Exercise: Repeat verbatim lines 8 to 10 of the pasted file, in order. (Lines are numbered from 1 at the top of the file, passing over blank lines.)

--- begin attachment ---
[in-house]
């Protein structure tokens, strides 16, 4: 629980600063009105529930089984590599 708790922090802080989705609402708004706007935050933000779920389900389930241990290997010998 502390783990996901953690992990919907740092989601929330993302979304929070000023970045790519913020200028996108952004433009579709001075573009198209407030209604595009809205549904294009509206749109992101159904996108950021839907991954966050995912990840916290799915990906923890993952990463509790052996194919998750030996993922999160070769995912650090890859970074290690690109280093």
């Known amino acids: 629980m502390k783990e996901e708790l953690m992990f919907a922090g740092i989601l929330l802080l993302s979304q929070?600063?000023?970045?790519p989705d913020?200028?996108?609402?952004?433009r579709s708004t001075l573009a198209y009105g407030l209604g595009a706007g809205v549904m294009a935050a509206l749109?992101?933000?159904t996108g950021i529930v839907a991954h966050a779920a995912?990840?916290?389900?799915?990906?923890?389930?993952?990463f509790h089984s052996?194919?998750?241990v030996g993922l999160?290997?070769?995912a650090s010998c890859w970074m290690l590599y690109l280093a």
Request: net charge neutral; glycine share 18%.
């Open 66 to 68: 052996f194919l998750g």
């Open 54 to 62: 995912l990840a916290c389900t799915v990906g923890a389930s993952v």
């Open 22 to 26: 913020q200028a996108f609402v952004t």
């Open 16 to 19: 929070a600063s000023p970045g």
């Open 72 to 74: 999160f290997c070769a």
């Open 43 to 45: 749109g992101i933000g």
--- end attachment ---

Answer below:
């Open 16 to 19: 929070a600063s000023p970045g």
């Open 72 to 74: 999160f290997c070769a």
């Open 43 to 45: 749109g992101i933000g």